Nick Telesca, a 72-year-old substitute teacher, got home from work at 5 p.m. and marched straight upstairs to his tiny North Hollywood apartment, ready to begin his second job. The woman he loves is dying, and he is trying to make her as comfortable as possible.
“So, Carol, we’re going to get you into the bathroom, change your diaper, sit you up and feed you so I can give you your meds,” said Telesca, who was wearing the Old Navy sweatshirt he worked in that day at a Catholic school in the San Fernando Valley.
Telesca had emailed me a few days earlier to say the financial, physical and emotional stress on him was mounting.
“My wife is dying of a brain tumor,” he wrote. “Can you help me?”
Carol Ann Gorman, 78, is not legally Telesca’s wife, though he thinks of her that way. They’ve been together 13 years, having met at a nursing home where their fathers were dying.
Telesca told me she was stronger than he was until a few months ago, when all of a sudden Gorman had trouble walking. One morning, at breakfast, she couldn’t get the spoon to her mouth and Telesca dialed 911.
The diagnosis was grim, and Gorman chose not to endure surgery or other treatment. She wanted to let nature take its course, so she was taken straight from the hospital to a nursing home.
“I don’t want to cast aspersions about the nursing home,” said Telesca, but he and Gorman’s daughter, who lives in Nevada, didn’t want her to spend her last days in a setting like that. So just in time for Thanksgiving, they brought her home.
Gorman is in hospice care, which is covered by Medicare, but that doesn’t mean around-the-clock help. A loved one, Telesca in this case, is often the primary caregiver. Gorman, who worked as a mailroom clerk at Columbia Pictures and also sold Avon products, qualifies for in-home support through MediCal.
But Telesca, like so many other older Americans, has struggled to figure out the system while dealing with his wife’s rapid deterioration. He said he and Gorman were living on Social Security and his occasional teaching wages, and chipping into their savings as well.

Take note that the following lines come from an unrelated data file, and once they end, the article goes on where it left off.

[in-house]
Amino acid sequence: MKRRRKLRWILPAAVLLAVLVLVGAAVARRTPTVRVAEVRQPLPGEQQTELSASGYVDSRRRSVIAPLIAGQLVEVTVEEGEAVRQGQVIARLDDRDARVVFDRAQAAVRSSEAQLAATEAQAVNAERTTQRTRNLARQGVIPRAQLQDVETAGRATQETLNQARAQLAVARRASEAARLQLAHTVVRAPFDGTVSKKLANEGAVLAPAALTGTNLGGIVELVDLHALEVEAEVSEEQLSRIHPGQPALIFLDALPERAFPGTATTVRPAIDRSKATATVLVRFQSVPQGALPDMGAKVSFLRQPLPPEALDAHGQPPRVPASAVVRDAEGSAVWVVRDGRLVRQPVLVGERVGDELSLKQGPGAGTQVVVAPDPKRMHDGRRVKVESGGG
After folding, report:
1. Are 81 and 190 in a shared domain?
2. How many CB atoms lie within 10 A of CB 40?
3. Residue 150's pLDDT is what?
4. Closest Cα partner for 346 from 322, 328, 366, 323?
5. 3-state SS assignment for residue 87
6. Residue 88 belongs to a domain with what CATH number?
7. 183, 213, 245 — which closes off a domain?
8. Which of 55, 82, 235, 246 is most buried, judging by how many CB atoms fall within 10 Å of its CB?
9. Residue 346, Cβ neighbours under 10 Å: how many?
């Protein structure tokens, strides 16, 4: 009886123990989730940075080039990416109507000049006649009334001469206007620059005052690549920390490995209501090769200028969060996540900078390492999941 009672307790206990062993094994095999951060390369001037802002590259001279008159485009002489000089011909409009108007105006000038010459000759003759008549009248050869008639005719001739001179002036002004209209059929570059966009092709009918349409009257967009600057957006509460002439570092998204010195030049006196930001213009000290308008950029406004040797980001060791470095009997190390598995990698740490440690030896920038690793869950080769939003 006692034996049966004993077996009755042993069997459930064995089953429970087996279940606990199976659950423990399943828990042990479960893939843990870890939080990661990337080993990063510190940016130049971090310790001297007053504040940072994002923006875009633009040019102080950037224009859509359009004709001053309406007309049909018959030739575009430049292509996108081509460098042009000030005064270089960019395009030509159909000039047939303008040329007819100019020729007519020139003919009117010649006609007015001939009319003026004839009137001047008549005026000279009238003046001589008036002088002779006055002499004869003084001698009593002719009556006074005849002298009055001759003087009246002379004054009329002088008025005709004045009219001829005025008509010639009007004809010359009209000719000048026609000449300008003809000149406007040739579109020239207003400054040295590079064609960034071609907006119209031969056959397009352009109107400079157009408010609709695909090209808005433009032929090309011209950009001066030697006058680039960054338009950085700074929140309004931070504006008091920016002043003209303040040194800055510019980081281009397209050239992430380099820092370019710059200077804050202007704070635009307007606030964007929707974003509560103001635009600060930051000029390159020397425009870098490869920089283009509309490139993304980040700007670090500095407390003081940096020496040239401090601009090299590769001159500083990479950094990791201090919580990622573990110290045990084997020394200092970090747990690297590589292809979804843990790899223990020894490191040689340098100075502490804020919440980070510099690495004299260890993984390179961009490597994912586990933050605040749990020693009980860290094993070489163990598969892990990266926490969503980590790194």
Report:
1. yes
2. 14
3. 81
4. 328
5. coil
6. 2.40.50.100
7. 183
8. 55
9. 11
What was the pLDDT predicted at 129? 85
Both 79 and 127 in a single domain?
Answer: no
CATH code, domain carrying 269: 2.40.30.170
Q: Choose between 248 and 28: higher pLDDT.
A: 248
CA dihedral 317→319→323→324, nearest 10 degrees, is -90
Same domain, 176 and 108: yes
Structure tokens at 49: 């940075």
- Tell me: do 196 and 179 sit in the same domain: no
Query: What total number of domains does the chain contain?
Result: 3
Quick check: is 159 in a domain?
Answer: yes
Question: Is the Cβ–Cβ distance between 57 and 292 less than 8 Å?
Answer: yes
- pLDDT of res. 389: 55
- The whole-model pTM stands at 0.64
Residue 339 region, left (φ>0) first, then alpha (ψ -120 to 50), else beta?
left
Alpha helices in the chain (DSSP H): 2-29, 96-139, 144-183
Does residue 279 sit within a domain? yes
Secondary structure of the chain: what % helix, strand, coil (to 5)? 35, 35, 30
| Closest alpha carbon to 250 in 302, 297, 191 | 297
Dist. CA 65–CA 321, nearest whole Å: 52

Last Monday, when Telesca got home from work, Gorman was in a hospital bed set up in the living room. She’d been there all day because the aide couldn’t lift her up.
“Can you please call your husband?” Telesca asked the aide, handing her $100 for a day’s work. The aide’s husband, Josue Saravia, a financial services consultant, was waiting outside to drive her home. He came upstairs to help Telesca.
“So, Carol, this is what we’re going to do,” Telesca said, talking out the strategy for getting her off the bed and into her wheelchair. “First the feet.”
Gorman, her eyes shut tight, groaned and resisted. When Telesca and Saravia got her to her feet, Gorman’s legs folded and she slumped with a gasp. Under great strain, Telesca and Saravia managed to keep her from falling and twist her onto the wheelchair. Telesca, who sometimes manages all of this on his own, then wheeled her into the bathroom to change and clean her against Gorman’s protests.
“Awwwwww, I can’t stand it!” she shrieked.
As if he needed one more challenge, the toilet clogged. Telesca worked a plunger with one hand while steadying Gorman with the other.
“I’ll deal with that later,” he finally said, leaving the plunger and a pile of soiled clothes on the bathroom floor and wheeling Gorman out to the kitchen for dinner.
Saravia was ready to leave, but not before Telesca pleaded with him to bring his wife back at 7 the next morning so he could go to school again. He wasn’t making enough money teaching to cover what he was paying for in-home care, but he didn’t want to jeopardize future opportunities by being a no-show.